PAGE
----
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October 17, 2021 | Doug Sauder
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“Then Joshua tore his clothes and fell facedown to the ground before the ark of the LORD, remaining there till evening. The elders of Israel did the same, and sprinkled dust on their heads. And Joshua said, ‘Alas, Sovereign Lord, why did you ever bring this people across the Jordan to deliver us into the hands of the Amorites to destroy us? If only we had been content to stay on the other side of the Jordan! Pardon your servant, Lord. What can I say, now that Israel has been routed by its enemies? The Canaanites and the other people of the country will hear about this and they will surround us and wipe out our name from the earth. What then will you do for your own great name?’ The Lord said to Joshua, ‘Stand up! What are you doing down on your face? Israel has sinned; they have violated my covenant, which I commanded them to keep. They have taken some of the devoted things; they have stolen, they have lied, they have put them with their own possessions. That is why the Israelites cannot stand against their enemies; they turn their backs and run because they have been made liable to destruction. I will not be with you anymore unless you destroy whatever among you is devoted to destruction.’”—Joshua 7:6-12 (NIV)
When a rock drops into a body of water, what happens after the rocks sinks? Look closely and you will see ripples extend from where the rock hit, eventually creating an immense circle. The rock may be out of sight, but the effects are still visible.
Similarly, when sin occurs within a family or a church, the negative effects spread beyond the one committing the sin. Just as a rock—big or small—creates ripples, so it is with sin. Even things we think are self-contained extend to those in our circle.
Achan’s sin and the defeat at Ai give a spiritual perspective of the effects of sin. Despite instructions to consecrate to God all the spoils of Jericho, Achan chose to keep some items for himself. This angered God, causing the death of thirty-six Israelite men, along with Achan and his family (Joshua 7:25).
What can we learn from this picture of devastating loss?
First, a wise person knows there is no such thing as secret sin. We see multiple warnings in Scripture that “your sin will find you out” (Numbers 32:23). Proverbs 10:9 (NIV) states, “Whoever walks in integrity walks securely, but whoever takes crooked paths will be found out.” In 2 Kings we see Elisha’s servant’s extortion was revealed (6:15-27), and in the Book of Acts, Ananias and Sapphira were unable to conceal their sin (Acts 5:1-11).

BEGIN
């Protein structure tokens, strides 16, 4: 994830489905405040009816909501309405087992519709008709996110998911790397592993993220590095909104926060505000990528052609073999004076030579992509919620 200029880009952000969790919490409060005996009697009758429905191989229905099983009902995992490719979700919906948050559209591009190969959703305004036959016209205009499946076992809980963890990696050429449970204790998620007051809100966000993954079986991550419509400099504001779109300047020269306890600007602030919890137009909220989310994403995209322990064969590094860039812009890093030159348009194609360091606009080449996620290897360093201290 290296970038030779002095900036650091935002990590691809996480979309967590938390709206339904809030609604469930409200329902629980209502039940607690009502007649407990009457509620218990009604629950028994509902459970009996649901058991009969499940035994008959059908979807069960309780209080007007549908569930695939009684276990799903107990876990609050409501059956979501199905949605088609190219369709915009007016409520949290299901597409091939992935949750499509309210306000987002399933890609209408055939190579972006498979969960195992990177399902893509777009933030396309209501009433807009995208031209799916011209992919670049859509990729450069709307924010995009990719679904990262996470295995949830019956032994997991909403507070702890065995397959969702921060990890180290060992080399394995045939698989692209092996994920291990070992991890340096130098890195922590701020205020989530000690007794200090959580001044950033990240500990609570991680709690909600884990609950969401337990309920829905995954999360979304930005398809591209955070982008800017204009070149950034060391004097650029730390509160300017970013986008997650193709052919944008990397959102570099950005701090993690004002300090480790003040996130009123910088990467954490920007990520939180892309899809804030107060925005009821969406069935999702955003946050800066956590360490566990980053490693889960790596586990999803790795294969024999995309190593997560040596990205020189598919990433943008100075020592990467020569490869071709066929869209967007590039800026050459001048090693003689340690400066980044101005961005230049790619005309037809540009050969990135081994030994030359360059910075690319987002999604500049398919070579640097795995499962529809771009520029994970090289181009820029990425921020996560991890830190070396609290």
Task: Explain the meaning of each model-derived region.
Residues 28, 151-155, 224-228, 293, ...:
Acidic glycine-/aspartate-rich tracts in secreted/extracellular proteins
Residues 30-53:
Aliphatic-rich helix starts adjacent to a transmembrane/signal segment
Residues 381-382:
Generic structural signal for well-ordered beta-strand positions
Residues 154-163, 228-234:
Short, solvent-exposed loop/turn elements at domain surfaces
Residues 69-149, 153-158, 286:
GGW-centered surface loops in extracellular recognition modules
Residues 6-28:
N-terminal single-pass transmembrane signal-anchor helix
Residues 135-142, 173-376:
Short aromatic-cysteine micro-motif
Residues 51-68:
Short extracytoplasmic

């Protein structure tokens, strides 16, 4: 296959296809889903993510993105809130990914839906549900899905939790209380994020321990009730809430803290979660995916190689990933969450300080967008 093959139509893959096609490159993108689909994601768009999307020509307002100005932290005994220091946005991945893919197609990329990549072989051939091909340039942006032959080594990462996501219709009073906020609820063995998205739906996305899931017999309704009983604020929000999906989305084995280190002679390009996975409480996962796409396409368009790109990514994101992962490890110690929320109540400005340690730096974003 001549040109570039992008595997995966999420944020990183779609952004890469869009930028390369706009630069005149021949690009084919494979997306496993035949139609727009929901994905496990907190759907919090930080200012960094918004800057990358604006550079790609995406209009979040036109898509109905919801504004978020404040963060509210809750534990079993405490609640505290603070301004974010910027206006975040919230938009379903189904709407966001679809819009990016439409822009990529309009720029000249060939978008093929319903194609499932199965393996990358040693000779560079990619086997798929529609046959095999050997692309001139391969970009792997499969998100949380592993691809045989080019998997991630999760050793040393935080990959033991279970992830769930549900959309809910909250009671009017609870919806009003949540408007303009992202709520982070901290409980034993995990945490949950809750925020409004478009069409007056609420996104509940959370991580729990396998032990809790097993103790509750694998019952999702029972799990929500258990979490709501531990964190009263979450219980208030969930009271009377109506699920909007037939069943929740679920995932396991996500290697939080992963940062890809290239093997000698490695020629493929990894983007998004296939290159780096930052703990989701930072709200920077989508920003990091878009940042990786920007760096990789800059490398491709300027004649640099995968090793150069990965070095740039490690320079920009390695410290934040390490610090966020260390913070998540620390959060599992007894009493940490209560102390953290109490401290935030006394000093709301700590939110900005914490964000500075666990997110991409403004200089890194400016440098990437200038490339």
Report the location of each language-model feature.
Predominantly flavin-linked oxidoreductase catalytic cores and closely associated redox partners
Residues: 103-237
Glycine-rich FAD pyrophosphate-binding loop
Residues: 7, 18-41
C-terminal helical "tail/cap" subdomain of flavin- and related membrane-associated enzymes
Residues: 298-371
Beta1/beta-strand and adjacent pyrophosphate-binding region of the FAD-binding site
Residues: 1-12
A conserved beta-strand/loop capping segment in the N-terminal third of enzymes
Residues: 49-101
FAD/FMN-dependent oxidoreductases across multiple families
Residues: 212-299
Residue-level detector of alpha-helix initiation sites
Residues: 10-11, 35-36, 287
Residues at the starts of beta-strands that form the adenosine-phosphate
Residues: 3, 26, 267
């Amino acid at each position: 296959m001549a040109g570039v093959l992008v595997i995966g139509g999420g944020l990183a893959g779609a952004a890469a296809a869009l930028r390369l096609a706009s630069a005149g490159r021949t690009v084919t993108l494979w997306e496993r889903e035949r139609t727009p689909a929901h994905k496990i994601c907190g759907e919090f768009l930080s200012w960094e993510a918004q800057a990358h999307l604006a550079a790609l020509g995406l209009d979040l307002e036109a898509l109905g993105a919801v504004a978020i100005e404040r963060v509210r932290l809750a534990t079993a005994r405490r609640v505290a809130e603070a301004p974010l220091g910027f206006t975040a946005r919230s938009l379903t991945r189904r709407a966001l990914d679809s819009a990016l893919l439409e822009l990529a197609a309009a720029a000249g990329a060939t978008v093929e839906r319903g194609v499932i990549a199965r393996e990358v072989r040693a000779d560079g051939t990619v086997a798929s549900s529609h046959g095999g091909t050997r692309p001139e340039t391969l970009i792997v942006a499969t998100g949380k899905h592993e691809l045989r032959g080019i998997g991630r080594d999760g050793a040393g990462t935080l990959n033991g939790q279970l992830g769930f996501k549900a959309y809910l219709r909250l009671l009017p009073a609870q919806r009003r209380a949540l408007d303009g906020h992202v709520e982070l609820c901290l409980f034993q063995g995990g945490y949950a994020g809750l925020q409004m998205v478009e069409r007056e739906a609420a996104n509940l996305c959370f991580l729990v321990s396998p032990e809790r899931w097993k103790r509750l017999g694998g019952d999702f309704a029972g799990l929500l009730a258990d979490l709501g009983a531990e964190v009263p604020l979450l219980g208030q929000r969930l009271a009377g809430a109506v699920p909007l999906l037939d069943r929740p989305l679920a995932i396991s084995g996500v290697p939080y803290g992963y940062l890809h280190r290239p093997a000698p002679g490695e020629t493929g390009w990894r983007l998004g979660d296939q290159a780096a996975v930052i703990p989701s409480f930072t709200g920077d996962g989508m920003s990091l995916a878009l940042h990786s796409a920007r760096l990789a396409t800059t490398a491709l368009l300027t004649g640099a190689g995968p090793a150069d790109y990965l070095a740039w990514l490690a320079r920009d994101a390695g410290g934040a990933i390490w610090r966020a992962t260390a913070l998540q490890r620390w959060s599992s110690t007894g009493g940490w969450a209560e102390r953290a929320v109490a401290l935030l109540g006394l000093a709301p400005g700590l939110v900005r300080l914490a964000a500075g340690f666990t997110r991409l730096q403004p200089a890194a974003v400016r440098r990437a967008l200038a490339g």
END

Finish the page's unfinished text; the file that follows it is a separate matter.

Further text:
Second, we never sin solely to ourselves. When we choose to rebel against God, the consequences not only affect us but members of our family and the church body. Even when we sin by omission, other members are neglected and the work of the Church is not accomplished.
However, we also see that confessed sin brings restoration. Chapter 7 of Joshua reveals the dangers of secret sin, but chapter 8 reveals a renewed fellowship with God once the sin was confessed. John assures us, “If we confess our sins, he is faithful and just and will forgive us our sins and purify us from all unrighteousness” (1 John 1:9 NIV).
Joshua cried out over the defeat at Ai. He was mourning the loss of God’s presence and blessing, and he pleaded with God for direction. The Lord’s response was an encouraging, “Rise up!” That command was coupled with a means to repair the brokenness that had occurred, turning sinful ripples into a mighty victory.
DIG: Read Joshua 7:6-12. How does God respond to one man’s sin and one man’s crying out?
DISCOVER: Do a self-check for occasions of sin in your life. It might be disobedience, unforgiveness, selfishness, or anger. Can you see how your wrongdoing has affected others?
DO: Confess your sin(s) to the Lord and ask for Him to restore any brokenness and strengthen you to resist temptation
Lisa Supp lives in Utah and has served within the CCFL Web and Prayer Ministry since 2011. She also volunteers as an editor on the CCFL Prayer Wall and is a writer on the Communications Team. Retired from teaching, Lisa and her husband Ron volunteer at their local Calvary Chapel and share a passion for Scripture, apologetics, and education.